Dr. Beverly Wright is a professor of Sociology and the founding director of the Deep South Center for Environmental Justice (DSCEJ). For nearly two decades, she has been a leading scholar and advocate in the environmental justice arena. She has created a unique center, formerly at Xavier University, and currently at Dillard University in New Orleans, Louisiana. The DSCEJ is one of the few community/university partnerships that addresses environmental and health inequities in the Lower Mississippi River Industrial Corridor, the area commonly referred to as Cancer Alley.

Since Hurricane Katrina, much of the work at the DSCEJ has focused on research, policy, and community outreach, assistance, and education of displaced African-American residents of New Orleans. Dr. Wright has been an advocate of the safe return of residents, addressing the critical issues of health and environmental restoration and monitoring fairness as it relates to standards of clean up. The center has been a resource to the community providing education, training, and job placement to displaced citizens of New Orleans.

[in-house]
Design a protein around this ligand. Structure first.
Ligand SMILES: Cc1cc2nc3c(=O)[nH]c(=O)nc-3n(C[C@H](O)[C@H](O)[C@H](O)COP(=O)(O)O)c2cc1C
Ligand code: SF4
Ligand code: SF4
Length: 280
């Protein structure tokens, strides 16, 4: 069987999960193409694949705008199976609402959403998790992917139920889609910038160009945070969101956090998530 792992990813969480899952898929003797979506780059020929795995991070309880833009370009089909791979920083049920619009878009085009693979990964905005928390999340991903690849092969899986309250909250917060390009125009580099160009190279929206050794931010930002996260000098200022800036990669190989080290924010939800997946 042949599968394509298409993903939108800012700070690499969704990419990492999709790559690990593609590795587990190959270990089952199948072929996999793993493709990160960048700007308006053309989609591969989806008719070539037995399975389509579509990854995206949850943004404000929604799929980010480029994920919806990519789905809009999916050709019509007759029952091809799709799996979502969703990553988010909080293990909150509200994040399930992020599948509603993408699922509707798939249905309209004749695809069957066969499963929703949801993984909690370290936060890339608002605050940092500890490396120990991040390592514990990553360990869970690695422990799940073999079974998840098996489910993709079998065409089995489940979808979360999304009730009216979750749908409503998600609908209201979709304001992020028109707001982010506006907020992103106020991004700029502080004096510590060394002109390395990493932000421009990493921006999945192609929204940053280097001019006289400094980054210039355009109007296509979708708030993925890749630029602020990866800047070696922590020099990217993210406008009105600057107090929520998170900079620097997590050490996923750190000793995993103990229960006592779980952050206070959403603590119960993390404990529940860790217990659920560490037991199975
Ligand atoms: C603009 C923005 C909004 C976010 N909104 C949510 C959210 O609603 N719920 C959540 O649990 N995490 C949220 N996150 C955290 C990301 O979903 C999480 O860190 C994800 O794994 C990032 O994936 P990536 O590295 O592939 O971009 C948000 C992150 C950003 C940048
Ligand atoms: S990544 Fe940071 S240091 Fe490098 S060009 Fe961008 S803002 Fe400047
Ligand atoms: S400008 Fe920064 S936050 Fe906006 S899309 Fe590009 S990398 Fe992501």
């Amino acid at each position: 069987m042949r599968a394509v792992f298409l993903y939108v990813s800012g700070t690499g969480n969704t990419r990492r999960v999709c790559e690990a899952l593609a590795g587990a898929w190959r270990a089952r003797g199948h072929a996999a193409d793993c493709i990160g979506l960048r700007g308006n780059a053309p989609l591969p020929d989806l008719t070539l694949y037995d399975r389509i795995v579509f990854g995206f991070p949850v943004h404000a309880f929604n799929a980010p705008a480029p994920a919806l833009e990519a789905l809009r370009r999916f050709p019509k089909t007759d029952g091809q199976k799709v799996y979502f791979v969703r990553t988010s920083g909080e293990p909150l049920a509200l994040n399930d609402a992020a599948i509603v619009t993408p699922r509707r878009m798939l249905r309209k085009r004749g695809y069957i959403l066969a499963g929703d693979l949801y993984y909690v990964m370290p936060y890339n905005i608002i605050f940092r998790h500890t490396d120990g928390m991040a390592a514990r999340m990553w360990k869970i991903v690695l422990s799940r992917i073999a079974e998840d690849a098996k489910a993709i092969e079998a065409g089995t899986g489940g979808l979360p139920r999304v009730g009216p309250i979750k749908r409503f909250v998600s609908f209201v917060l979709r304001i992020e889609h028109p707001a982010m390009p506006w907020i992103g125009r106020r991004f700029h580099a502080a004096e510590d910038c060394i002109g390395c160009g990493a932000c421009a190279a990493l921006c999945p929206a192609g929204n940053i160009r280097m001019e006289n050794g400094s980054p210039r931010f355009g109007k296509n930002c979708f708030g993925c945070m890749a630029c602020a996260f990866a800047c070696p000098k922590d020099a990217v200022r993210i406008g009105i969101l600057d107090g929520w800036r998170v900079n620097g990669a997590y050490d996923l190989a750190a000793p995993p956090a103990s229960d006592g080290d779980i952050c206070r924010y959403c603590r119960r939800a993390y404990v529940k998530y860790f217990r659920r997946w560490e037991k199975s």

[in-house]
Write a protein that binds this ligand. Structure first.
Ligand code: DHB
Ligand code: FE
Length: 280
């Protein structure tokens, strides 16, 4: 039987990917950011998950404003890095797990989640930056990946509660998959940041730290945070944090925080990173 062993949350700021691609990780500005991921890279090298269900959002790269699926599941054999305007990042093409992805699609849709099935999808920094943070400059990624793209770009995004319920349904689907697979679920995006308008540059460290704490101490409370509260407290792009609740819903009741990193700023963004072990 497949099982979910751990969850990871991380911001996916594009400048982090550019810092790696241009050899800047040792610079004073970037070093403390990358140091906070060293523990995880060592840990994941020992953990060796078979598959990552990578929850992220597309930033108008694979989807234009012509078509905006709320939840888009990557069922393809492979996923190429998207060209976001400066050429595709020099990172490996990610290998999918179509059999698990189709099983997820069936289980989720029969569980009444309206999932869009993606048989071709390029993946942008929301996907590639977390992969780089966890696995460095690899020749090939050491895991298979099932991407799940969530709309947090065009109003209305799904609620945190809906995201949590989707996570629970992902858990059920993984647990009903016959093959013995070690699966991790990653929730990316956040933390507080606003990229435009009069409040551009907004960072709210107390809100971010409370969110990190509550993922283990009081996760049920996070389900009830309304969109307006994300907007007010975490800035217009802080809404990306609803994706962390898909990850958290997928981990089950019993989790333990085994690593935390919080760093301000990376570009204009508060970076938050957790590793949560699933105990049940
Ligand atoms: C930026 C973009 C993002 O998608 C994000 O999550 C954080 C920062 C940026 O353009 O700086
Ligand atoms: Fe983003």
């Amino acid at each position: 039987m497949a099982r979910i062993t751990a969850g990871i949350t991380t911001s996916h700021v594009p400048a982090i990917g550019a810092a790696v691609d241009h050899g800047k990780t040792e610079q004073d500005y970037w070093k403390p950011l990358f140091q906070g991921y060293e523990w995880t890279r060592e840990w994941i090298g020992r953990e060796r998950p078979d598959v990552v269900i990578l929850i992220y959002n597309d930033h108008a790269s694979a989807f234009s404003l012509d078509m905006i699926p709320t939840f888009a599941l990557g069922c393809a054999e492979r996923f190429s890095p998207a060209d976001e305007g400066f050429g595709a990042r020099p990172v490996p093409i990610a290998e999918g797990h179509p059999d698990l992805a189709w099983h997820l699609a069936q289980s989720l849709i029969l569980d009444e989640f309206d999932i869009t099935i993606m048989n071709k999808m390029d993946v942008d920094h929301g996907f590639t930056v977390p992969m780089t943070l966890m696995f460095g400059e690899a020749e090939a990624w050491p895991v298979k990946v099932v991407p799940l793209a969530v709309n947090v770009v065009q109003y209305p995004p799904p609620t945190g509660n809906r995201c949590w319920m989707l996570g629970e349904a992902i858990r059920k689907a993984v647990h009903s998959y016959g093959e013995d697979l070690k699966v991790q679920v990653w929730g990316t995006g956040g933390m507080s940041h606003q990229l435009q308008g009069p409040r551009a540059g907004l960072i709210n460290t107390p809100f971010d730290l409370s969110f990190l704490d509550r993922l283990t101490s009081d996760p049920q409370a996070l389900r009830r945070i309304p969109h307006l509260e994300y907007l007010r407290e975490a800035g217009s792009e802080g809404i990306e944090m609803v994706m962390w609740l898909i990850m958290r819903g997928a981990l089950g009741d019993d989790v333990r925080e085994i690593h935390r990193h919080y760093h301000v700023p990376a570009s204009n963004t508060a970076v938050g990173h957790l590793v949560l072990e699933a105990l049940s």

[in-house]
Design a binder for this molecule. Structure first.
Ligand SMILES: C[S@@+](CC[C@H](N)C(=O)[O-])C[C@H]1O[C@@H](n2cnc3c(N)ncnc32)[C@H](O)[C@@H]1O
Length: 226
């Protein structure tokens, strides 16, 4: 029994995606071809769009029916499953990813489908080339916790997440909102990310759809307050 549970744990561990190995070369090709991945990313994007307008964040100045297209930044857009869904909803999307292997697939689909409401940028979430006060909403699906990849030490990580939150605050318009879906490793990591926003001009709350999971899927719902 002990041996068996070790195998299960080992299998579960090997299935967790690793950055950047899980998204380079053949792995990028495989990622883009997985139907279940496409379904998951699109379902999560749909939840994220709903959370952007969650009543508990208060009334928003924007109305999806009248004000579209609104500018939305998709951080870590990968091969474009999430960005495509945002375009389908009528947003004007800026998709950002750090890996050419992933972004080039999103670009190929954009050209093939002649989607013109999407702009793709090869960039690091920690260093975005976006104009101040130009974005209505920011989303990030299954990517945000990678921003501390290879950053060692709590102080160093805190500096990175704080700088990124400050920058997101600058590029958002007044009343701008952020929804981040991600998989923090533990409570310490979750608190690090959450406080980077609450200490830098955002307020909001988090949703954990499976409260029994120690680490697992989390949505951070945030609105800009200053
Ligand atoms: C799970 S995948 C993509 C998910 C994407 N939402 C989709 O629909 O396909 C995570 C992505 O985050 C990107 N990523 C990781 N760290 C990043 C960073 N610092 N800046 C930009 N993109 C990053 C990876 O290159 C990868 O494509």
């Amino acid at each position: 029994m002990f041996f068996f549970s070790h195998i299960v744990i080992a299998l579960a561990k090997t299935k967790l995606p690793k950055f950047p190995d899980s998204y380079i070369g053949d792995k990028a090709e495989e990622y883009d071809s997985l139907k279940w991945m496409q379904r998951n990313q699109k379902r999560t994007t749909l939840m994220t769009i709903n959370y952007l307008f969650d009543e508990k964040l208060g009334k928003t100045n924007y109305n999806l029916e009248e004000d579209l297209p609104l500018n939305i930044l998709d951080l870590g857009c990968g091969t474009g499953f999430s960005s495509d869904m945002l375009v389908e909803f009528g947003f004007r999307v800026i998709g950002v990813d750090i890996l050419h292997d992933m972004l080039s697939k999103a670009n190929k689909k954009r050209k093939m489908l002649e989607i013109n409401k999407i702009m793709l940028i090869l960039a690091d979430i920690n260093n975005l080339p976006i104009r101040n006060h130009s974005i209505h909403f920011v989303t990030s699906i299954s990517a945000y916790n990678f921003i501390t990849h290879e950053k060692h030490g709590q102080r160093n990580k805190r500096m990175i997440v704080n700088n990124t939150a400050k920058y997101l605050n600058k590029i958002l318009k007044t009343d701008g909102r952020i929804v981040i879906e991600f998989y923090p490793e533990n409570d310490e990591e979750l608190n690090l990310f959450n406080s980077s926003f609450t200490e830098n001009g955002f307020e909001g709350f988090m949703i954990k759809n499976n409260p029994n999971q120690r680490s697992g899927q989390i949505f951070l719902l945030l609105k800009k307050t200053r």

Who painted the White House green?

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It’s President’s Day. Not only can we enjoy a federally-mandated day off from work, but we can also take time to reflect on the leaders of the United States.

By the nature of their position, the POTUS has a platform to work to help the world in so many ways, including environmental and sustainable issues.

While some many not believe such issues are important to Americans – and the world, others have become a champion.  Here are some of the most pro-active presidents when it comes to a greener world:

Black History Month: Honoring Lisa Jackson

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T4CI is saluting some of the most influential African-American environmentalists and sustainability professionals during Black History Month.

Today we honor Lisa Jackson.